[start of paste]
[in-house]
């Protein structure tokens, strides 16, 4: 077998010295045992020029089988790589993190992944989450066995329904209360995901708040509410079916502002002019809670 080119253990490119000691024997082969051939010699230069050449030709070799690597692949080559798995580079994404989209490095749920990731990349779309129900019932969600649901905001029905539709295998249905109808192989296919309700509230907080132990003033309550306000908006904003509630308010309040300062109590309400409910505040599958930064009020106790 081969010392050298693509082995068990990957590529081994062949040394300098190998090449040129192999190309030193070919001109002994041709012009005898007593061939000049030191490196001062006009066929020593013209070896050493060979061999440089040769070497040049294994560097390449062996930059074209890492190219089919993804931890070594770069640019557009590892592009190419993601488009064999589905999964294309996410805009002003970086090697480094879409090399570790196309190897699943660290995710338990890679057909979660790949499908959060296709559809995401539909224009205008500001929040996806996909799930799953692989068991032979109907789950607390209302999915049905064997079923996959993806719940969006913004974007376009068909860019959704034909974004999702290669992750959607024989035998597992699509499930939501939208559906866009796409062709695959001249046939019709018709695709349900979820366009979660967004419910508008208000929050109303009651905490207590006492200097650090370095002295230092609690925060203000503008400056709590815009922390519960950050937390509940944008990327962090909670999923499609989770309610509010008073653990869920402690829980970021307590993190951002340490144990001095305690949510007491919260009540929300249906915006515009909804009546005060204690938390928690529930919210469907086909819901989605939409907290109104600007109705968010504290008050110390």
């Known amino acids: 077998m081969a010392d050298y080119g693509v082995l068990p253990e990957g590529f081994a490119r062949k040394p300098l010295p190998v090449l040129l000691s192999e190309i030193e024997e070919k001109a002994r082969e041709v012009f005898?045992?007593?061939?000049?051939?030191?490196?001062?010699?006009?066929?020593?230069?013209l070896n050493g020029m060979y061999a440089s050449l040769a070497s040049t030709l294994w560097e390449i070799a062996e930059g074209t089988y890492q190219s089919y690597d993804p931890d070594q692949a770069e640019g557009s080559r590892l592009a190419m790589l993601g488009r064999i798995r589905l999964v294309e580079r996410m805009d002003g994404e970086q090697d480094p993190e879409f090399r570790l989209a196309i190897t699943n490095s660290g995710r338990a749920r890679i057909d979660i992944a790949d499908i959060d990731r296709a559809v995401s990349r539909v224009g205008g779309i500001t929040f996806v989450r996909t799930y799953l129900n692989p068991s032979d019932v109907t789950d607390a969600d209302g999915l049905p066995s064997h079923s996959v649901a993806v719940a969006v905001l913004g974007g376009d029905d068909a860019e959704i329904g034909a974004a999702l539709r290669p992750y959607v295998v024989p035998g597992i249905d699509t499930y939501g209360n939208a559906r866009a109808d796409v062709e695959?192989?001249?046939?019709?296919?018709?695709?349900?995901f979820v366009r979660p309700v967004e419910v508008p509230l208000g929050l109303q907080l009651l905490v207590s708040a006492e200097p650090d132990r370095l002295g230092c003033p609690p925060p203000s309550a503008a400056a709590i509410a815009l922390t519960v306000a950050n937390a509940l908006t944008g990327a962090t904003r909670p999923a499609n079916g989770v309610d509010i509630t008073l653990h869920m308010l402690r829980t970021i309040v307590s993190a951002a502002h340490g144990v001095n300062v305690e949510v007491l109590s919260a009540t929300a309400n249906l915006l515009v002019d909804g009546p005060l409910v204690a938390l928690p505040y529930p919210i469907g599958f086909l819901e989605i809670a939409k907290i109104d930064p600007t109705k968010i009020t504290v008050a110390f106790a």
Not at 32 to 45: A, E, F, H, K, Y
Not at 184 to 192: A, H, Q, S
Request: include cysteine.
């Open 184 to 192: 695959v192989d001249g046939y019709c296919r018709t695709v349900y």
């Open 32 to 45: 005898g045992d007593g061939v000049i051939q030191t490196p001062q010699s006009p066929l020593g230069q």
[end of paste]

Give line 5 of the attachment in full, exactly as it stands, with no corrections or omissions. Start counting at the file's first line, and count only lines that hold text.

Not at 184 to 192: A, H, Q, S